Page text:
Carefully mix just before serving, adding the schnapps to the soda then stirring gently to mix well, or the fizz will dissipate too soon. To keep butterbeer on hand, pour 1 cup cream soda out of the 2-liter bottle, quickly add 1 cup butterscotch schnapps, and recap the bottle. I did make a refill batch using 1 cup schnapps to a whole 2 liter bottle of cream soda, which was ratio of 1 to 8, but people tasted the difference and complained, so fair warning!

There is not much alcohol content in the butterbeer mixture, just enough to make a house-elf tipsy and to give it the warm, buttery aftertaste to the fizzy cream soda. Yum! :-9

(back to top)

Witches Brew
Witches' Brew 1999 Witches Brew 2005

Witches' Brew (1998)

500 ml (5 parts) Midori
800 ml (8 parts) vodka
2 liters (20 parts) ginger ale
200 ml (2 parts) water


Witches' Brew (2000)

(this one pretty much fills a 12-quart cauldron)

four 48 oz cans pineapple juice
one 96 oz bottle orange juice
four 2 liter bottles lemon-lime soda
one 1.75 liter bottle vodka
one 1.75 liter bottle rum

All measurements are approximate. Adjust to your own taste.
Mix well. Pour into your cauldron, preferably with chunks of dry ice to create the bubbling steam effect.
(Be careful NOT to drink or eat or in any way come in direct contact with skin with any chunks of dry ice -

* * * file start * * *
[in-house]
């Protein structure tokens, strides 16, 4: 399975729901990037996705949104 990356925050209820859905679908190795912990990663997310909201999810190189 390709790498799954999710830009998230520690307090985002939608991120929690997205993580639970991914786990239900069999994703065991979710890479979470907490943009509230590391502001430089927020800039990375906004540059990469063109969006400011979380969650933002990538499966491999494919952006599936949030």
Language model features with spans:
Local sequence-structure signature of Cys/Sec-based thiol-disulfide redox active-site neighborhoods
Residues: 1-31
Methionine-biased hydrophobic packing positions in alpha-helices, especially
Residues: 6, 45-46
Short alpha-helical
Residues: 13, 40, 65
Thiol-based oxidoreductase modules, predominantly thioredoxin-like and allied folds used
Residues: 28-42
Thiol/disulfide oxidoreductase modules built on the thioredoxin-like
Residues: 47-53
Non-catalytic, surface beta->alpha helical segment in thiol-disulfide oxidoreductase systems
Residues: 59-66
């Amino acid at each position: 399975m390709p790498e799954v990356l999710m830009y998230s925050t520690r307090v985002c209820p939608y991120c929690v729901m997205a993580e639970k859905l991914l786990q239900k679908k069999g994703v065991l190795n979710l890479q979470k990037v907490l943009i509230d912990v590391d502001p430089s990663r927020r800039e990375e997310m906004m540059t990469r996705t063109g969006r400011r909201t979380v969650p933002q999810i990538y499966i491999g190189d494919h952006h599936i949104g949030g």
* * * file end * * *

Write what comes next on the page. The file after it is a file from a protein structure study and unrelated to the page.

you can get burned by the extreme cold!)

(back to top)

Reanimate Your Own Zombie
Zombies 2003

Reanimate Your Own Zombie

This is from my Laboratory Libations display as a recommended mad scientist experiment using existing bottled reagents.

Individual serving alcoholic cocktail in a small glass.

hydrochloric acid = light rum
perchloric acid = spiced rum
tincture of iodine = dark rum
sulfuric acid = Bacardi 151
citric acid = pineapple juice

"To Reanimate Zombies: Into a small beaker, pour equal parts hydrochloric acid, perchloric acid, tincture of iodine & sulfuric acid. Add a splash of citric acid, stir and feed to your corpse for instant reanimation."

(back to top)

Spontaneous Sentience
Spontaneous Sentience 2005

Spontaneous Sentience

This is from my Laboratory Libations display as a recommended mad scientist experiment using existing bottled reagents.

Individual serving alcoholic cocktail in a small glass.

benzene = peach schnapps
lactic acid compound = caramel cream liqueur
(can substitute Bailey's Irish Cream or similar)
life blood extract = raspberry syrup